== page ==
“We all know the stock market can be a rough ride, but it’s easy to forget how common market corrections are. They are so common that we simply can’t be stock investors without enduring them. Just remember that in wicked environments like the stock market, sometimes good decisions are followed by bad outcomes – at least temporarily. It’s part of the game.”
Million Dollar Journey reviewed low-cost ETF VEQT.
“Over time, some companies will go up in value, while others will go lower. On average however, the world’s biggest companies are really really good and making money. The Vanguard all-equity fund gives you instant one-click access to that diversified long-term strategy.”
Matthew Freeman is growing his income machine.
When it comes to dividends or total market returns, well, the debate rages on – some financial experts would argue dividend paying stocks are not for eveyone.
I would agree.
But there’s more to the story…as always.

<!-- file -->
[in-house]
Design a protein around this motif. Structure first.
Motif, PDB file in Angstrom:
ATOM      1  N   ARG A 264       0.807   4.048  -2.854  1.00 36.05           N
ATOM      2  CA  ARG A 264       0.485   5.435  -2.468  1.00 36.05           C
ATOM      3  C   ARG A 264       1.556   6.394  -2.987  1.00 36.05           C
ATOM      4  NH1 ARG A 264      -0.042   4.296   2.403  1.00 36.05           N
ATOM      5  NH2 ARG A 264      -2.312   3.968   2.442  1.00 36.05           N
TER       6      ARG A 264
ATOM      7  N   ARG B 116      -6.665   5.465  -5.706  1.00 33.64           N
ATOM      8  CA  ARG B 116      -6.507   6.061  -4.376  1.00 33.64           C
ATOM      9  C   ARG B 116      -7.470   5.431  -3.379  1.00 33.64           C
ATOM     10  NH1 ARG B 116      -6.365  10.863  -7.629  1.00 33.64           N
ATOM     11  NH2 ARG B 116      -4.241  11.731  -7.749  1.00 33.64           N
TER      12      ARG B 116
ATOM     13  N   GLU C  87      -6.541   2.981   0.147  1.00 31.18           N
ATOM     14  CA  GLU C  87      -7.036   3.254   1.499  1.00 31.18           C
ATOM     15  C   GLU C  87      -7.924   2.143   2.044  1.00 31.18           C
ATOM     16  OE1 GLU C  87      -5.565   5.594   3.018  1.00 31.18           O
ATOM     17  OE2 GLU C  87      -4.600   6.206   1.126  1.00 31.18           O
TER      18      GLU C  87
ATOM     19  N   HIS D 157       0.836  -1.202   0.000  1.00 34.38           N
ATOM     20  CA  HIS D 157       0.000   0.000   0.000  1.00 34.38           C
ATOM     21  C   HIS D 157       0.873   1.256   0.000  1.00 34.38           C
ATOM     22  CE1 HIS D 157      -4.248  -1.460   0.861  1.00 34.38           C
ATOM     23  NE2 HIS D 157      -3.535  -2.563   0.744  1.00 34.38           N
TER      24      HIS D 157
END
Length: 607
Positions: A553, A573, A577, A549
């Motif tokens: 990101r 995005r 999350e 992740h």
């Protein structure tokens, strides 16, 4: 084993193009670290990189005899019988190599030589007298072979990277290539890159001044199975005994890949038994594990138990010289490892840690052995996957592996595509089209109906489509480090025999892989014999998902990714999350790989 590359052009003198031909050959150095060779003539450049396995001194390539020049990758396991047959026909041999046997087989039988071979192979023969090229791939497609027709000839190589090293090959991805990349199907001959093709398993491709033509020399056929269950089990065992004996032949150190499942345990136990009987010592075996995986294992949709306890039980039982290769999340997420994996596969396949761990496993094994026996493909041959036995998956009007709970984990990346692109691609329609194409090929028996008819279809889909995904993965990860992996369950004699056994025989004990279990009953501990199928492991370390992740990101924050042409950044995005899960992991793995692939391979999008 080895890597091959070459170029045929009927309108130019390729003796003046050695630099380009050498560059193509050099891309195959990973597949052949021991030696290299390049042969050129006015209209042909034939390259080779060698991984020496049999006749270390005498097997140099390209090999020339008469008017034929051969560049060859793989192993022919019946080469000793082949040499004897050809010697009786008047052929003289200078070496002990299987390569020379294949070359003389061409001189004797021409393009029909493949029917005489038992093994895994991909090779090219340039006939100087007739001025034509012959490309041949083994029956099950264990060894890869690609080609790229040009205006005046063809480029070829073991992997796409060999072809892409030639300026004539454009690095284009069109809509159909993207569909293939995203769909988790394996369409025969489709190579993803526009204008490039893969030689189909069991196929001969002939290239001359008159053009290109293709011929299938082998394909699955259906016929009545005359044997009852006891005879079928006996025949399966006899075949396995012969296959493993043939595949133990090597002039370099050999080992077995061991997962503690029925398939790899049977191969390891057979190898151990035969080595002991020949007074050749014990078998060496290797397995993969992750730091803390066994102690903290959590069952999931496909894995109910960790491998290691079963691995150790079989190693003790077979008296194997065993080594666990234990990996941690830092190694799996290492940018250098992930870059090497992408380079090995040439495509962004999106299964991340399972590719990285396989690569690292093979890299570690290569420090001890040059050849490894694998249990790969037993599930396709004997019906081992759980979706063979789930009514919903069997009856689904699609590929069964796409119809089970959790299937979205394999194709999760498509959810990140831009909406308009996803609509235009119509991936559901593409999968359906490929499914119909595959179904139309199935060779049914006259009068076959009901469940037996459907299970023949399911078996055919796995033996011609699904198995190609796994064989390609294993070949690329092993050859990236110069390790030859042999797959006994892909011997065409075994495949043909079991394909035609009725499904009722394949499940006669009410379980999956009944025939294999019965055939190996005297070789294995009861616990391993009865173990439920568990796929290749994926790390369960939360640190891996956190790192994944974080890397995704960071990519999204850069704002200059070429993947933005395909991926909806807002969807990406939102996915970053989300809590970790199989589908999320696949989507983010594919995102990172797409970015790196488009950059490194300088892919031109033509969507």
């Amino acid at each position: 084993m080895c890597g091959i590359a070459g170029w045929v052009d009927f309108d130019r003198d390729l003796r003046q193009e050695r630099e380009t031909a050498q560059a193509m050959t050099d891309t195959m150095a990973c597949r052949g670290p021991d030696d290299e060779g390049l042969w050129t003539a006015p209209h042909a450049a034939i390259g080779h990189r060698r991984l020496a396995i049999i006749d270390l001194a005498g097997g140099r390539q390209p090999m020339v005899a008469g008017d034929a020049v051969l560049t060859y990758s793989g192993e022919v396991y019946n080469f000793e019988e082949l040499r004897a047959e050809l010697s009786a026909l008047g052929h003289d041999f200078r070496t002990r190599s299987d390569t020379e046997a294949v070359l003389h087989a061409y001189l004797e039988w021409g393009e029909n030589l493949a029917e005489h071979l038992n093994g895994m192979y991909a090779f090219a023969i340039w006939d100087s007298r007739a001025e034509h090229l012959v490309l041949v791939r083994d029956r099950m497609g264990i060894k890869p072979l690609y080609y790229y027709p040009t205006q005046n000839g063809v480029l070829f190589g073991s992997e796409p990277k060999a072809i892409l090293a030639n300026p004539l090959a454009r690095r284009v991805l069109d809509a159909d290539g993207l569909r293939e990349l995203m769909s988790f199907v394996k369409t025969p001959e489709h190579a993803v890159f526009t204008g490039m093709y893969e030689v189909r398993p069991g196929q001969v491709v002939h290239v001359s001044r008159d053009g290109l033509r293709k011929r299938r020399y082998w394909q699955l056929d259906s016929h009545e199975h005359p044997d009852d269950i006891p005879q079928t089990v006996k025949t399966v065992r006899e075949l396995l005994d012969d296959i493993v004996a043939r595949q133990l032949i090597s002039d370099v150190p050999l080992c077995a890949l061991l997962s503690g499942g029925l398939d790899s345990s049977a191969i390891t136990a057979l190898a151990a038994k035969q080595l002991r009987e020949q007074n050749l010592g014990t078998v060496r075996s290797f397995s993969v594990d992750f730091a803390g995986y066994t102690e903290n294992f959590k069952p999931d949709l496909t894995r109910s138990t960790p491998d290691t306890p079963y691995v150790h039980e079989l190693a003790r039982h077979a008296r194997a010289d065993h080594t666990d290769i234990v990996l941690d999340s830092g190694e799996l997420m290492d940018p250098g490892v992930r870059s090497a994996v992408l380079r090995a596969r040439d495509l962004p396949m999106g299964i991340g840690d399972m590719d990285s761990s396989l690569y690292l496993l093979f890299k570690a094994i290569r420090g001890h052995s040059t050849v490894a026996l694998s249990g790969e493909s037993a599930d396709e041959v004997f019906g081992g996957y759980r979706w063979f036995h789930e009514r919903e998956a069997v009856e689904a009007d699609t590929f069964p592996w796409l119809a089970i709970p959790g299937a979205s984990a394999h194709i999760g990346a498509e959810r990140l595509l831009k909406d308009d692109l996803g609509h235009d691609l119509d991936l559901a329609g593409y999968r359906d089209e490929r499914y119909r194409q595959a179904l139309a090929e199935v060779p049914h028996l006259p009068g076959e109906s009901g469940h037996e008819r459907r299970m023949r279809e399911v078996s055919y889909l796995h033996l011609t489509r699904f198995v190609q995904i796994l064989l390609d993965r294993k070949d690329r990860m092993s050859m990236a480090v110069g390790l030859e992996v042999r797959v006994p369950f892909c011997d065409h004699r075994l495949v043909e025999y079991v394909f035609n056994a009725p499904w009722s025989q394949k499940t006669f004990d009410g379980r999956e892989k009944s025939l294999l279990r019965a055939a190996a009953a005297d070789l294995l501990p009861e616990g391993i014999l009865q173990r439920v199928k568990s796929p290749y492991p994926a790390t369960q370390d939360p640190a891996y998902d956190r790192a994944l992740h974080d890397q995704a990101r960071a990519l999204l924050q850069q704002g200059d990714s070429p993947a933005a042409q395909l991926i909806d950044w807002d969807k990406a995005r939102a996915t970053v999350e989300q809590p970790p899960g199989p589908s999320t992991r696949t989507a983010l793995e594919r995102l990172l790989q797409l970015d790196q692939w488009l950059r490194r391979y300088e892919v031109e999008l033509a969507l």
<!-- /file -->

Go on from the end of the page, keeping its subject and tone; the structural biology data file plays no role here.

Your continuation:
Case in point: that link profiles two friends of mine on opposite sides of the fence when it comes to investing – dividends vs. total return. I’ll recap the storyline in case The Star paywall cuts people out!
Tawcan (Bob Lai) from Vancouver, is a passionate dividend investor: holding 51 dividend stocks and one ETF at this time. Tawcan believes what many other dividend investors believe: “living off dividends” could provide far more financial flexibility (rather than having to sell assets at undesirable investing times).
I feel that way too.
My other friend, now a fee-only planner in Lethbridge, Robb Engen, believes while “there is nothing inherently wrong with investing in big blue-chip companies” – “it shouldn’t be the whole strategy”.
Certainly, as a long-term (almost 15 years now!) “hybrid investor”, I see both sides of this story.
Here are my thoughts again:
- Dividends paid to shareholders provide investors “optionality”. Dividends are paid from the company’s earnings and cash flow – so investors can decide to spend those dividends, reinvest those dividends for a more total return approach, or use the money to invest in other ways, as they please.
- Dividends are therefore just part of a total return approach.
- Dividends are not magical, but they are beneficial ways to increase shareholder value and retention.
- Dividends can help investors psychologically and emotionally and financially – stay the investing course.
Robb is quite correct in the article in that there is “no free lunch” when it comes to investing – you can’t have a pile of dividends paid out AND major stock price appreciation as well to shareholders – it doesn’t work that way nor might it work that way for very long.